Circadian variation and triggers of onset of acute cardiovascular disease.
Information obtained during the past decade suggests the need to reexamine the possibility that the onset of myocardial infarction and sudden cardiac death is frequently triggered by daily activities. The importance of physical or mental stress in triggering onset of coronary thrombosis is supported by the findings that 1) the frequencies of onset of myocardial infarction, sudden cardiac death, and stroke show marked circadian variations with parallel increases in the period from 6:00 AM to noon, 2) transient myocardial ischemia shows a similar morning increase, and episodes are often preceded by mental or physical triggers, 3) a ruptured atherosclerotic plaque, often nonobstructive by itself, lies at the base of most coronary thrombi, 4) a number of physiologic processes that could lead to plaque rupture, a hypercoagulable state or coronary vasoconstriction, are accentuated in the morning, and 5) aspirin and beta-adrenergic blocking agents, which block certain of these processes, have been shown to prevent disease onset. The hypothesis is presented that occlusive coronary thrombosis occurs when 1) an atherosclerotic plaque becomes vulnerable to rupture, 2) mental or physical stress causes the plaque to rupture, and 3) increases in coagulability or vasoconstriction, triggered by daily activities, contribute to complete occlusion of the coronary artery lumen. Recognition of the circadian variation--and the possibility of frequent triggering--of onset of acute disease suggests the need for pharmacologic protection of patients during vulnerable periods, and provides clues to mechanism, the investigations of which may lead to improved methods of prevention.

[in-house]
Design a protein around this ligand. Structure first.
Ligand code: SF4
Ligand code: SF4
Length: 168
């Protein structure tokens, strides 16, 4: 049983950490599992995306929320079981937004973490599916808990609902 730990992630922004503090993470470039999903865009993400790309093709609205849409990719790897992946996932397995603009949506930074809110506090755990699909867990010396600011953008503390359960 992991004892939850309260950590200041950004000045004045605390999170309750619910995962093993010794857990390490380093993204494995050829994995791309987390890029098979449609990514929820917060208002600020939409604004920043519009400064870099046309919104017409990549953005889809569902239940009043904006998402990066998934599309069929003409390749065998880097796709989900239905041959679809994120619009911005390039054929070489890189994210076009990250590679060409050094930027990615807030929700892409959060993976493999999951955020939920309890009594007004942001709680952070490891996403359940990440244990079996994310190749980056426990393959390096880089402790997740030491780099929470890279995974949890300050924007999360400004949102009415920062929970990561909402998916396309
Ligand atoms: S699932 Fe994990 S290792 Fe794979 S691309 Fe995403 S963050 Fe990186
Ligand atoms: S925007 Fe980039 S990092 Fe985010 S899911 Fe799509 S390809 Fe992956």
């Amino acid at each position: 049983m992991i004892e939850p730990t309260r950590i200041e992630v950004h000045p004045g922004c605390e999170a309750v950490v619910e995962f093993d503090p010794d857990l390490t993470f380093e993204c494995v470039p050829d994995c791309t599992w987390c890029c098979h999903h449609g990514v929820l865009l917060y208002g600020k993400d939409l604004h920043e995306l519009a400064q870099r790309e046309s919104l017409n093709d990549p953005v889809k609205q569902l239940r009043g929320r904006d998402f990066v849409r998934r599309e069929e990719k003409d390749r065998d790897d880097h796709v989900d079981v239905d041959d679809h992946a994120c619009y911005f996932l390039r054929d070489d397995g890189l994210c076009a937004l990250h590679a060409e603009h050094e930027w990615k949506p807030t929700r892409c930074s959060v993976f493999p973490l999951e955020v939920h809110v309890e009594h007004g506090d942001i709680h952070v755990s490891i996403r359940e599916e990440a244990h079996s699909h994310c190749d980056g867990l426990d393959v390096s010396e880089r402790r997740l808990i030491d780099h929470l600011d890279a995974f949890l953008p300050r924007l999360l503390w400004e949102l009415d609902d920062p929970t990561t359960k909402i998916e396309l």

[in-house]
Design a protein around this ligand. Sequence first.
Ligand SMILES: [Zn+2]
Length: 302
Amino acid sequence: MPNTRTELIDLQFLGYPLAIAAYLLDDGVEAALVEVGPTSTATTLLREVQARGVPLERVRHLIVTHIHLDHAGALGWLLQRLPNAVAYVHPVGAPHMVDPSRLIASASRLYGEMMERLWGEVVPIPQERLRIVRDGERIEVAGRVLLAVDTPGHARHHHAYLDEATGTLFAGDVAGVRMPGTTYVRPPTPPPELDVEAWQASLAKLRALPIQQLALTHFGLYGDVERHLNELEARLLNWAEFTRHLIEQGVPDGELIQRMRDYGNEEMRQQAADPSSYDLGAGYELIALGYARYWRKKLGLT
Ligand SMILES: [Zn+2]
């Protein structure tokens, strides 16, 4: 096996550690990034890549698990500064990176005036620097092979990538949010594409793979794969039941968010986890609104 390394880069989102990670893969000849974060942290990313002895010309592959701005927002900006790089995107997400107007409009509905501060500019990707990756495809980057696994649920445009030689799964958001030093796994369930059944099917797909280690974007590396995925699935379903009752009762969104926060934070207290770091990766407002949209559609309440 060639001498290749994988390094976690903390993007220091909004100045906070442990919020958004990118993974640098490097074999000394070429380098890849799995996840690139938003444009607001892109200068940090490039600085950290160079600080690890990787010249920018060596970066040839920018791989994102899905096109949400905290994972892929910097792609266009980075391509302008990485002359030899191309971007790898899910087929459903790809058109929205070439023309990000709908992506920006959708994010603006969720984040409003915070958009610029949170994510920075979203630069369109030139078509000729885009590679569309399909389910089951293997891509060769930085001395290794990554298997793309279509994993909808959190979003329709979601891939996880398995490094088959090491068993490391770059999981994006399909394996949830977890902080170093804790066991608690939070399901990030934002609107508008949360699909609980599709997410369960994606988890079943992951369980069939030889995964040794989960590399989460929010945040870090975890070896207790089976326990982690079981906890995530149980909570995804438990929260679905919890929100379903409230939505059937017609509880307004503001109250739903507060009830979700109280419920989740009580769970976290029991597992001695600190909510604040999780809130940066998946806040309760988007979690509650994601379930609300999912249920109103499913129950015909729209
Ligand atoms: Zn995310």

- Copyright © 1989 by American Heart Association